Michael K. McMahan
This is how the birth of Jesus the Messiah happened: His mother Mary had promised to be married to Joseph, but before they met, she was found to be pregnant by the Holy Spirit. Because her husband Joseph was faithful to the law and did not want to expose him to public disgrace, he had in mind to divorce quietly. But after reflecting on this, an angel of the Lord appeared to her in a dream and said to her: “Joseph, son of David, do not be afraid to take Mary to your home for your wife, for what is conceived in her comes from the Holy Spirit. She will give birth to a son, and you will call his name Jesus, for he will save his people from their sins. “(Matthew 1: 18 – 21)
You are a young man of a few years out of college. As you grew up in the construction industry, you prefer to work with your hands rather than sitting at a desk. You’ve built a small business by outsourcing carpentry work to large housebuilding companies. You get up early. You work hard. Everything is fine, but one thing is missing.
And there she is. Eight years younger, but very mature, an administrative assistant in one of the big companies that contracts for your services, smart and pretty, and kind. You fall in love with her the first time you see her.
In a very short time, you discreetly slip a ring on the ring finger of his left hand. Surprised, tears come to her eyes. You say, “Will you marry me? She nods through those tears. You kiss and you both say, “I love you” and you laugh.
Two weeks later, there’s a knock on your door. You hear his voice. You straighten your shirt and regret not brushing your teeth after breakfast. You open the door and she sobs.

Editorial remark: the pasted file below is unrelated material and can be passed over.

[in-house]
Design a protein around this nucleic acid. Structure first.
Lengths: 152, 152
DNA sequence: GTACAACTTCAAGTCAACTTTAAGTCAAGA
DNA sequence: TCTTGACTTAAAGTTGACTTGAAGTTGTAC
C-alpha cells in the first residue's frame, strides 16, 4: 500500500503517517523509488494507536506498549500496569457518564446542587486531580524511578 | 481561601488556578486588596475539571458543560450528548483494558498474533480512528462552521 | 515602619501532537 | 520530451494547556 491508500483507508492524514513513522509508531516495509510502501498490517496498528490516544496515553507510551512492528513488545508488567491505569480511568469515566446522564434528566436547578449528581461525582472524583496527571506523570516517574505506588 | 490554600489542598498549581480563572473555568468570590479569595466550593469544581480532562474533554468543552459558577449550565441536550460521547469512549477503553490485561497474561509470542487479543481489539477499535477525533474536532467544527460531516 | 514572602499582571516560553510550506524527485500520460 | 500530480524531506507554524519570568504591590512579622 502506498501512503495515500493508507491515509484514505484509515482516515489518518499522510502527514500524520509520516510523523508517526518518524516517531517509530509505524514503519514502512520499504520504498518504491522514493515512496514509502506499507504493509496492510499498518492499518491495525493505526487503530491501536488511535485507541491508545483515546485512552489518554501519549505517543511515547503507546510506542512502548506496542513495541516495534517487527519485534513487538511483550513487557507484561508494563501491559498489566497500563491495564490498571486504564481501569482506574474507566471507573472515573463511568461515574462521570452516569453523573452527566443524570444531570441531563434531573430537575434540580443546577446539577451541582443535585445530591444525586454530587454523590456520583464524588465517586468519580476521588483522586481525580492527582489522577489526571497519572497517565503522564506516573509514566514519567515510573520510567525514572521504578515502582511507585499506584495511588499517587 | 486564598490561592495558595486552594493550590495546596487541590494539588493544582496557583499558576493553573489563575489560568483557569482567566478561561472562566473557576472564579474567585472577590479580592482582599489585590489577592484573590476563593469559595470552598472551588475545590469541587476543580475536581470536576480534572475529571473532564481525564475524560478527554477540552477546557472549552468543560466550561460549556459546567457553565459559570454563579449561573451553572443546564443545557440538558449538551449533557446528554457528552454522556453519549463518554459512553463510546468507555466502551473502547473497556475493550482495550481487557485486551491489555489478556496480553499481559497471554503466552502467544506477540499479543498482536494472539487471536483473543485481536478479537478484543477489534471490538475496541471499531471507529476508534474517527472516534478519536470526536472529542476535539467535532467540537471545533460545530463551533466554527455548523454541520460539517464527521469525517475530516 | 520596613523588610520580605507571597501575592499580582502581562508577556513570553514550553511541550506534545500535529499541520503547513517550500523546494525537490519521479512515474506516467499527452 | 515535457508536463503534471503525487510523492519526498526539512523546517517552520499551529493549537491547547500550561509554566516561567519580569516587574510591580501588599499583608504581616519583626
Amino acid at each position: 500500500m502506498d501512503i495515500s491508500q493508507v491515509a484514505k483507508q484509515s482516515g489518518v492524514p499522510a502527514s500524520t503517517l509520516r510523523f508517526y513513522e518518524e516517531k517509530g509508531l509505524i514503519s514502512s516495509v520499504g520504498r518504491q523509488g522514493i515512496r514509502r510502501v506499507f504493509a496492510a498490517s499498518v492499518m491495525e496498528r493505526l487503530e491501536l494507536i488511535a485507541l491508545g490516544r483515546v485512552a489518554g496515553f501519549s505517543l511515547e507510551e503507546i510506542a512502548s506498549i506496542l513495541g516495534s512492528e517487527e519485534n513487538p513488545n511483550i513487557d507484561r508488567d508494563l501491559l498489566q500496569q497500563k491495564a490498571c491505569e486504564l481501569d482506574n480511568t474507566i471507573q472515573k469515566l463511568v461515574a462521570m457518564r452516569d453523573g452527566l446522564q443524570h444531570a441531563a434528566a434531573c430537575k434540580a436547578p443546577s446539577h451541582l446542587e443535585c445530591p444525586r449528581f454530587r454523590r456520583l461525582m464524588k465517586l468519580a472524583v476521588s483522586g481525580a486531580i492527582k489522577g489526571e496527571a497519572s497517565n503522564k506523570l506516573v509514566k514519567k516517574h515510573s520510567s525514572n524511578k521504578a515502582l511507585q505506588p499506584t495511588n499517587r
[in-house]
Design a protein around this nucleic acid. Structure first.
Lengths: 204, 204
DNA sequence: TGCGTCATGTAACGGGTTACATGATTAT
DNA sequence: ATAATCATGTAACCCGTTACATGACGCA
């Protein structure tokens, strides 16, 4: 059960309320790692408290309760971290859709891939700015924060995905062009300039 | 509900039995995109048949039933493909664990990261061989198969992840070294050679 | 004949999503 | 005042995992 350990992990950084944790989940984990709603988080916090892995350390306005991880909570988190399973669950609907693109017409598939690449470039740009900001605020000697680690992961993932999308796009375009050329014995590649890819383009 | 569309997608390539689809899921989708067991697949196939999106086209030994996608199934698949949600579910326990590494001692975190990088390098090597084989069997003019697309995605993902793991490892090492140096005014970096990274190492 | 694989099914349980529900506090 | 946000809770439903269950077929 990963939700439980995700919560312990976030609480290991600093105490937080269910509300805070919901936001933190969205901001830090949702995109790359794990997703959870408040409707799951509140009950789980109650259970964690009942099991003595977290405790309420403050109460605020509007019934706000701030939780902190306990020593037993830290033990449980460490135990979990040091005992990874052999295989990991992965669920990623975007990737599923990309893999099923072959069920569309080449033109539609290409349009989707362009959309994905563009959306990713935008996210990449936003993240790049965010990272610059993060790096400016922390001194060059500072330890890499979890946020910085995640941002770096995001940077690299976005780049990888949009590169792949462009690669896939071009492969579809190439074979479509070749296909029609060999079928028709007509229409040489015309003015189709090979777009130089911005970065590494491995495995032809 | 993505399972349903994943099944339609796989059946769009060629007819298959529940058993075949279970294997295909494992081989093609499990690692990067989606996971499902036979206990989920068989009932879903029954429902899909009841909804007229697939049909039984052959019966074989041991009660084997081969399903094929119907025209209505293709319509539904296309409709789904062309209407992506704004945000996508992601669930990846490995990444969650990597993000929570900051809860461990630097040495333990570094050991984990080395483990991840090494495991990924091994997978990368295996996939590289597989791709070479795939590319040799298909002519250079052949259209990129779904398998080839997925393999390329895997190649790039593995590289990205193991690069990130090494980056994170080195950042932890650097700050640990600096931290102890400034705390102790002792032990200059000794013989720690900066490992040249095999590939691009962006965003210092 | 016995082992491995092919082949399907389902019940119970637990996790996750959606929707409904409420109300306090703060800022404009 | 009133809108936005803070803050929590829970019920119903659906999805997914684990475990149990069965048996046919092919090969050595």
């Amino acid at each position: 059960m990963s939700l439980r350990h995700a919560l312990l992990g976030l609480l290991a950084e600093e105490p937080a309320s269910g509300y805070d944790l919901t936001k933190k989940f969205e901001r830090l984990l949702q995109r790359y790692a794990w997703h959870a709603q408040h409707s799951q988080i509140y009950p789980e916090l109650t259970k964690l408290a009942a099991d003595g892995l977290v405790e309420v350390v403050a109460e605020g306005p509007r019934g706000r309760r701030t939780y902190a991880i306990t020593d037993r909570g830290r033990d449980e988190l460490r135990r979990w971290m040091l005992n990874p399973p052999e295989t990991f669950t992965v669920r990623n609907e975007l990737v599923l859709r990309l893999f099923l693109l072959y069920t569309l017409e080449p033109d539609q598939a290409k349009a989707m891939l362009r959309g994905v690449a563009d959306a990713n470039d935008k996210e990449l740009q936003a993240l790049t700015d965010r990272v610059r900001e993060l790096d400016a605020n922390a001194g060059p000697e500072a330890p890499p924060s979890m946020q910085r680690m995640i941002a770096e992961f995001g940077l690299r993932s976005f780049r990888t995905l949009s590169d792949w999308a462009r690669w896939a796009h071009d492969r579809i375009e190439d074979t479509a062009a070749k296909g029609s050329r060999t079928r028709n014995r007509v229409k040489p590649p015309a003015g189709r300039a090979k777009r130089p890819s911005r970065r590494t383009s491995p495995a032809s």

” What’s wrong ? You say to yourself as you help him enter your small apartment. You place two straight chairs facing each other and sit in front of her, holding both her hands.
She sobs, but soon wipes her eyes and says, “Not long before we met,” she sobs, takes a deep breath and says, “I made a mistake. I am pregnant.”
Emotions come over you from all sides: surprise, confusion, anger, disappointment and, as you see her trembling in front of you, compassion and love. You get up and pull her to her feet. You give her a hug as she places her face on your shoulder and sobs softly.
You know four things. This is the person you want to be with for the rest of your life. She is hurt. You like it. It will be her baby and you will love the child as you love him.
In a different culture two thousand years ago a successful young man who was faithful to the law and to Yahweh, and was known to be a good and kind person, was chosen by a family who loved their daughter to be their husband. He was a carpenter, or more likely a homebuilder like my friends Doug McSpadden and Bob Rouse.
Soon he learned that the young woman he was to marry was pregnant. Because he had compassion for her and respect for her family, he decided that he would quietly withdraw from the marriage arrangement. But something happened.
Matthew expresses it as a visit from an angel in a dream. It was a dramatic event for Joseph, a revelation. This told him that Mary was a pious young woman. She was not only worthy of his respect and honor, the child in her would be special.
Thus, he is one of the great figures of the Bible who accepted the responsibility of protecting and loving Mary, the mother of Jesus, and of taking care of the son of Mary as his earthly father.
So little is known about him. It is likely that he died at a relatively young age. Otherwise, Jesus might have started his ministry earlier than when he was 30 years old. The later date may indicate that Jesus needed to provide for his mother and family because of Joseph’s death. We do not know. But we do know that Joseph was a faithful husband and father. We know he was a righteous and deeply good man, a man whom I believe was chosen by God for a role that few men on earth at that time could have fulfilled.
At this time of year, in particular, we should be thankful for the life of Joseph, the husband of Mary, the earthly father of Jesus, the protector of both. In our thanksgiving, we should be grateful to all fathers, regardless of their circumstances, who respect and honor the mothers of their children and provide for their families as Joseph did for his.
As you think of baby Jesus and his mother Mary, remember the deeply good man who loved and cared for them, and pray a special prayer that fathers everywhere will follow his example.
Michael K. McMahan is a resident of Gastonia and a regular contributor to The Gaston Gazette.